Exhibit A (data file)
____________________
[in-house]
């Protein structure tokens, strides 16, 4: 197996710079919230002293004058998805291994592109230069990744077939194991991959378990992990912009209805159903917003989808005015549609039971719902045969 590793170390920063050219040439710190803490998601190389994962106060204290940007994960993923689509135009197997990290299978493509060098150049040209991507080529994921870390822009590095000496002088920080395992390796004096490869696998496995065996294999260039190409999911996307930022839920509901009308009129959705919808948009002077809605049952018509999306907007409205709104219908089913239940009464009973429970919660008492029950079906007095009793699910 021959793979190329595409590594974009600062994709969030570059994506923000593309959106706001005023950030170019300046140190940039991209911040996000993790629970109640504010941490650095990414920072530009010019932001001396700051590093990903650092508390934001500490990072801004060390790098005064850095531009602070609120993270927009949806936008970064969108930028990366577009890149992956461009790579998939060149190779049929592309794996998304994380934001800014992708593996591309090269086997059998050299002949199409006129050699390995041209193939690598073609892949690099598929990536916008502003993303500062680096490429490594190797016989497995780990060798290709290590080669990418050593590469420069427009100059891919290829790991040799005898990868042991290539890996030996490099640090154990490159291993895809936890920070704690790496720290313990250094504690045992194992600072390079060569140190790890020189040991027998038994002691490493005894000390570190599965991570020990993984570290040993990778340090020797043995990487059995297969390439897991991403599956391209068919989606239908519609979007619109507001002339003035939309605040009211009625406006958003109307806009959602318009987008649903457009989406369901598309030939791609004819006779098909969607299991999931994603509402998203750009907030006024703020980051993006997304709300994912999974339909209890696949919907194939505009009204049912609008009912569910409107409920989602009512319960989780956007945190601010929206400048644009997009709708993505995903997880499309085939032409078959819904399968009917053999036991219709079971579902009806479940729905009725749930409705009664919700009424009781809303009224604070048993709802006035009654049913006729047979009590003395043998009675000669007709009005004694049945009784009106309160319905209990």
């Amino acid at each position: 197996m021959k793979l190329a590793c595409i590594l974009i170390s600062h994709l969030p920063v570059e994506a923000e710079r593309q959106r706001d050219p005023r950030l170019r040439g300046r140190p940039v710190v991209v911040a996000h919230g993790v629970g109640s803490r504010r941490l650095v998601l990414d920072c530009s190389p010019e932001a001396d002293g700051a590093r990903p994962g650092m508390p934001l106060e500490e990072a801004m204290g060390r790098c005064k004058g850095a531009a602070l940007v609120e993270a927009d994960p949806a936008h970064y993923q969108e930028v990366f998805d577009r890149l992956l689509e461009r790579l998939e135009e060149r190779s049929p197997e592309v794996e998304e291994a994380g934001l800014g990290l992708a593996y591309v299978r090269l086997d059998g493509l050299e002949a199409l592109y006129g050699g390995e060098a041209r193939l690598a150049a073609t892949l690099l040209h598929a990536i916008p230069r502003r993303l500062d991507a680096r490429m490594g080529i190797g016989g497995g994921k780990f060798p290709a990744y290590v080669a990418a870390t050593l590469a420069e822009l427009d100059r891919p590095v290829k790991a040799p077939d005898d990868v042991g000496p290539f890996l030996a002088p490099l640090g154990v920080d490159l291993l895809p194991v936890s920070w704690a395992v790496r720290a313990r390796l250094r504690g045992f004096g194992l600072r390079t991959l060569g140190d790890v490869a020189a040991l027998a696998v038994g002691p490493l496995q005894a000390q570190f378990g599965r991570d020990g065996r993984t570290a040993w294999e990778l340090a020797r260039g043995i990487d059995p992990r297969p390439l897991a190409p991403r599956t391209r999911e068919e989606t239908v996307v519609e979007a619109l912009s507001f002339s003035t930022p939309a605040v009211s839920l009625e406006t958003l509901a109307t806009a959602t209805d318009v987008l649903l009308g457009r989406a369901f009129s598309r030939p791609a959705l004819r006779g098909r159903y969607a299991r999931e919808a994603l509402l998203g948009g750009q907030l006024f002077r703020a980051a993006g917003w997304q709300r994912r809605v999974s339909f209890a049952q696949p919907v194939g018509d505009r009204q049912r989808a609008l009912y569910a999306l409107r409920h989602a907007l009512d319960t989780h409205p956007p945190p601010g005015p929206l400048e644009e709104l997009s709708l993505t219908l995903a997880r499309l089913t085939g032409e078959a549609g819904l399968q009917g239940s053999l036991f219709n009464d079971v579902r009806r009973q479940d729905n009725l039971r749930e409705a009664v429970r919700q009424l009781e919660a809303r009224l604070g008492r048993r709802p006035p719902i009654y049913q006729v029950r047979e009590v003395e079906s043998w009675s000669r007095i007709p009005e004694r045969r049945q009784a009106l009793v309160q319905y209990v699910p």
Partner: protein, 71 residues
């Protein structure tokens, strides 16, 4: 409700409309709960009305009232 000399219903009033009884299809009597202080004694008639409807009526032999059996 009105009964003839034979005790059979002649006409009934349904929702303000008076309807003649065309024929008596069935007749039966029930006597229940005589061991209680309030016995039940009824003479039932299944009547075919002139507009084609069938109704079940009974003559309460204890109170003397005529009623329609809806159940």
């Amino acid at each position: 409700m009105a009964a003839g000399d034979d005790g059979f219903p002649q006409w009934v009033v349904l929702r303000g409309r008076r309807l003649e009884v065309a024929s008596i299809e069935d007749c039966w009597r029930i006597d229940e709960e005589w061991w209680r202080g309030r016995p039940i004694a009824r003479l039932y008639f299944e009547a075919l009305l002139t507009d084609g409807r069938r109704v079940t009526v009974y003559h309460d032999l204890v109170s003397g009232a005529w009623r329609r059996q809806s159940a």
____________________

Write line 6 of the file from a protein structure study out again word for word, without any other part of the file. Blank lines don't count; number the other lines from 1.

């Amino acid at each position: 409700m009105a009964a003839g000399d034979d005790g059979f219903p002649q006409w009934v009033v349904l929702r303000g409309r008076r309807l003649e009884v065309a024929s008596i299809e069935d007749c039966w009597r029930i006597d229940e709960e005589w061991w209680r202080g309030r016995p039940i004694a009824r003479l039932y008639f299944e009547a075919l009305l002139t507009d084609g409807r069938r109704v079940t009526v009974y003559h309460d032999l204890v109170s003397g009232a005529w009623r329609r059996q809806s159940a």